Resource-Based View of Competitive Advantage

How specific would the identification of strategic capabilities need to be to permit them to be managed to achieve competitive advantage? Business strategy is all about competitive advantage. Businesses need strategies in order to ensure that resources are allocated in the most effective way. A firm is said to have a competitive advantage when it is implementing a value creating strategy not simultaneously being Implemented by any current or potential competitors and when these other firms are unable to duplicate the benefits of this strategy.

Thus impotently advantage exists only after efforts to replicate that advantage have failed. It Is for this reason that organizations are focusing on methods and strategies that are difficult to imitate. One of such methods and strategies is organizational learning through which an organization is capable of developing intellectual capital which include human capital, social capital and organizational capabilities is rare and difficult to imitate.

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An organization should strive for unique characteristics in order to distinguish themselves from competitors in the eyes of the consumer for a long period of time. Thus, it is the ability to offer superior customer value on an enduring or consistent basis, a situation In which competitors are unable to easily Imitate the firm’s capacity for value creation.

Aqualung and preserving competitive advantage and superior performance are a function of the resources and capableness brought to the competition.

Resource-Based View of Competitive Advantage Case Study

These capabilities, resulting from learning processes implies an improvement in response capacity through a broader understanding of the environment. From the resource-based view of organizations, managers need to consider whether heir organization has strategic capabilities to achieve and sustain competitive advantage. To do so they need to consider how and to what extent it has capabilities which are: Valuable to buyers Rare Non substitutable If such capabilities for competitive advantage do not exist, the managers need to consider if they can be developed.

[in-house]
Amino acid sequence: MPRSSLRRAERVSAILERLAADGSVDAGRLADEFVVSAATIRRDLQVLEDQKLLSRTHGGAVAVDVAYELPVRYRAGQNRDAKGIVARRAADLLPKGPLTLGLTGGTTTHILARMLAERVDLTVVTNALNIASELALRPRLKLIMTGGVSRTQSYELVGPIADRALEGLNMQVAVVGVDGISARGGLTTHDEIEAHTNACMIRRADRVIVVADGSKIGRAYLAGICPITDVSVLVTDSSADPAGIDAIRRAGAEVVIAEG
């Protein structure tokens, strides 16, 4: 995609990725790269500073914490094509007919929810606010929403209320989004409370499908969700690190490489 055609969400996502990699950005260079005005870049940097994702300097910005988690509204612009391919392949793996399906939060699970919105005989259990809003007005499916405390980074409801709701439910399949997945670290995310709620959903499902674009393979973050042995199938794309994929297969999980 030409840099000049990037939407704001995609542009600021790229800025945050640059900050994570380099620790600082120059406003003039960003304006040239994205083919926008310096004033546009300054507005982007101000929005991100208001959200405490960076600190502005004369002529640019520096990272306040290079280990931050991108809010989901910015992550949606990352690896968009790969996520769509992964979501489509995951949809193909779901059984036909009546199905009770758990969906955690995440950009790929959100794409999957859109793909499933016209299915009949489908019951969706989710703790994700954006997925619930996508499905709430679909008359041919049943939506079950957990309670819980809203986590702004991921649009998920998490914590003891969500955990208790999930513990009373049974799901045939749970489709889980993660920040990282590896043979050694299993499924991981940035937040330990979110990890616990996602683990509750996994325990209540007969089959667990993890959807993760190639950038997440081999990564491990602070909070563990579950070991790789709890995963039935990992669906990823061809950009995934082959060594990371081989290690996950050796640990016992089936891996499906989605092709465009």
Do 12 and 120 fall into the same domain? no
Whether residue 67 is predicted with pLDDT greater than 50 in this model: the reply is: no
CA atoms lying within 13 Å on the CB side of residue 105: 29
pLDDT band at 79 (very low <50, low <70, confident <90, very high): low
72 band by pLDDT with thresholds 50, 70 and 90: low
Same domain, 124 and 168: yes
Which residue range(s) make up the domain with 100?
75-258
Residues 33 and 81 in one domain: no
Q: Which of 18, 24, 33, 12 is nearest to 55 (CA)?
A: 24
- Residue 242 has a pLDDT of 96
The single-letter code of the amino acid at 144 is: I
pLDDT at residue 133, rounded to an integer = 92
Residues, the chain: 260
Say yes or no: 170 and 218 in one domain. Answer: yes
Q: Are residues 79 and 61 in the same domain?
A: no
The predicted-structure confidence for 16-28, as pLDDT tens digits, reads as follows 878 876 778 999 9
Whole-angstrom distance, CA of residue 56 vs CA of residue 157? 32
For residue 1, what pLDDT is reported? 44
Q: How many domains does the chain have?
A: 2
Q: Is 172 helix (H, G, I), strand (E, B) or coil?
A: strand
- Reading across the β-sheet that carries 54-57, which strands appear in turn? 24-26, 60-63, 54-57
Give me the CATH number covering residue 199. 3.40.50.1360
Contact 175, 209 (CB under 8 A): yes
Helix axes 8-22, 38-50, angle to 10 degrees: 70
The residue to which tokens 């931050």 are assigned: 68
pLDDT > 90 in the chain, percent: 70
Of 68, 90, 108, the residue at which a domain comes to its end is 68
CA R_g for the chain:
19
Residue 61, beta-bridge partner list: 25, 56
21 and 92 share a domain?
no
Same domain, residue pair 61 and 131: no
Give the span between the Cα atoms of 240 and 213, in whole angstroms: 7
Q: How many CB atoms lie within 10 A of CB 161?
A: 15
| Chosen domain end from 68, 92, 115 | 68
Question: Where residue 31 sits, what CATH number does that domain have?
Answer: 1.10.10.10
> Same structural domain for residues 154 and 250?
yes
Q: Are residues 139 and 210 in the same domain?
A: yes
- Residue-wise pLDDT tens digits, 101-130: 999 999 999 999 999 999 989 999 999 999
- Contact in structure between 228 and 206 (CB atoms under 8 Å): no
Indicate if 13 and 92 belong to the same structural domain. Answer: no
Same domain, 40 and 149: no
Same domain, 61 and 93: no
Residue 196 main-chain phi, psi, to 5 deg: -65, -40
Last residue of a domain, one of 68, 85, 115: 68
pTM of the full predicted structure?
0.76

Competitive advantage could also be based on rare competences: for example, unique skills developed overtime. Three important points refer to the rarity of competences that might provide sustainable competitive advantage and they are: Ease of transferability: Rarity may depend on who owns the competence and how easily transferable it is. For example, the competitive advantage of some professional service organizations is built around the competence of specific individuals. Sustainability: it may be dangerous to assume that competences that are rare will remain so.

If an organization is successful on the basis off unique set of competences, then competitors will seek to imitate or obtain those competences.

So it may be necessary to consider other bases of sustainability. Core rigidities: There is another danger of redundancy. Rare capabilities may be difficult to change and therefore damaging to the organization. Managers may be so wedded to these bases of success that they perceive them as strength of the organization and invent customer values around them. 2.

Do you agree that if it were possible to identify and manage such capabilities they would be imitated?

When a product that has been in development for one year can be copied and brought to market in days, first mover advantage has lost it… Once stigmatize, imitation is now acceptable. In fact, to stay in the game and not fall behind, firms just imitate.

In this article, he describes why imitation is as valuable as innovation, and why imitation can and should be strategically conceived and systematically executed. Strategic agility requires an ability to respond to the innovations and pioneering moves of competitors.